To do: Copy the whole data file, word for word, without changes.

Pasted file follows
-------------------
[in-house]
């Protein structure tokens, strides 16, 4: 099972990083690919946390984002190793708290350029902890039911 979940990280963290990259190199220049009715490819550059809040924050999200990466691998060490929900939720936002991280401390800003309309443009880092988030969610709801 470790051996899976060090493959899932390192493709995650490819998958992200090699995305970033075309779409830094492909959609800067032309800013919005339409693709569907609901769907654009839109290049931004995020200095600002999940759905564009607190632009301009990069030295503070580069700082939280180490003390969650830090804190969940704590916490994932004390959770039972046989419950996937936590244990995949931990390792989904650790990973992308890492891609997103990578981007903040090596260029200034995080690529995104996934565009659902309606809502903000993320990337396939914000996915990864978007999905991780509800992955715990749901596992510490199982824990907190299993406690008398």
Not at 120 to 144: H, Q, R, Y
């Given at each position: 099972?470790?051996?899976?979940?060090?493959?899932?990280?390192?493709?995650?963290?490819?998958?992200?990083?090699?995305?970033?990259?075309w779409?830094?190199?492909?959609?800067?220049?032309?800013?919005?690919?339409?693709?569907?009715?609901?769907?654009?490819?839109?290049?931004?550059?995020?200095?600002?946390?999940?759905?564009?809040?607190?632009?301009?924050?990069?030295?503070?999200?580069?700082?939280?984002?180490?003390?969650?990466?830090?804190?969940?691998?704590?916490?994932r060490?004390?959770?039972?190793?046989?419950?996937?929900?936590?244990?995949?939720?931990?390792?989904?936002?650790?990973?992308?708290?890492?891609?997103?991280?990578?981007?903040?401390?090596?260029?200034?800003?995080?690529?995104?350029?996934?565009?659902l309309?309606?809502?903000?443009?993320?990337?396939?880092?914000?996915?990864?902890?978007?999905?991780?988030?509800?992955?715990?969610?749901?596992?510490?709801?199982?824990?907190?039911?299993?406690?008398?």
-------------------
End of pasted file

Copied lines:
[in-house]
């Protein structure tokens, strides 16, 4: 099972990083690919946390984002190793708290350029902890039911 979940990280963290990259190199220049009715490819550059809040924050999200990466691998060490929900939720936002991280401390800003309309443009880092988030969610709801 470790051996899976060090493959899932390192493709995650490819998958992200090699995305970033075309779409830094492909959609800067032309800013919005339409693709569907609901769907654009839109290049931004995020200095600002999940759905564009607190632009301009990069030295503070580069700082939280180490003390969650830090804190969940704590916490994932004390959770039972046989419950996937936590244990995949931990390792989904650790990973992308890492891609997103990578981007903040090596260029200034995080690529995104996934565009659902309606809502903000993320990337396939914000996915990864978007999905991780509800992955715990749901596992510490199982824990907190299993406690008398």
Not at 120 to 144: H, Q, R, Y
């Given at each position: 099972?470790?051996?899976?979940?060090?493959?899932?990280?390192?493709?995650?963290?490819?998958?992200?990083?090699?995305?970033?990259?075309w779409?830094?190199?492909?959609?800067?220049?032309?800013?919005?690919?339409?693709?569907?009715?609901?769907?654009?490819?839109?290049?931004?550059?995020?200095?600002?946390?999940?759905?564009?809040?607190?632009?301009?924050?990069?030295?503070?999200?580069?700082?939280?984002?180490?003390?969650?990466?830090?804190?969940?691998?704590?916490?994932r060490?004390?959770?039972?190793?046989?419950?996937?929900?936590?244990?995949?939720?931990?390792?989904?936002?650790?990973?992308?708290?890492?891609?997103?991280?990578?981007?903040?401390?090596?260029?200034?800003?995080?690529?995104?350029?996934?565009?659902l309309?309606?809502?903000?443009?993320?990337?396939?880092?914000?996915?990864?902890?978007?999905?991780?988030?509800?992955?715990?969610?749901?596992?510490?709801?199982?824990?907190?039911?299993?406690?008398?």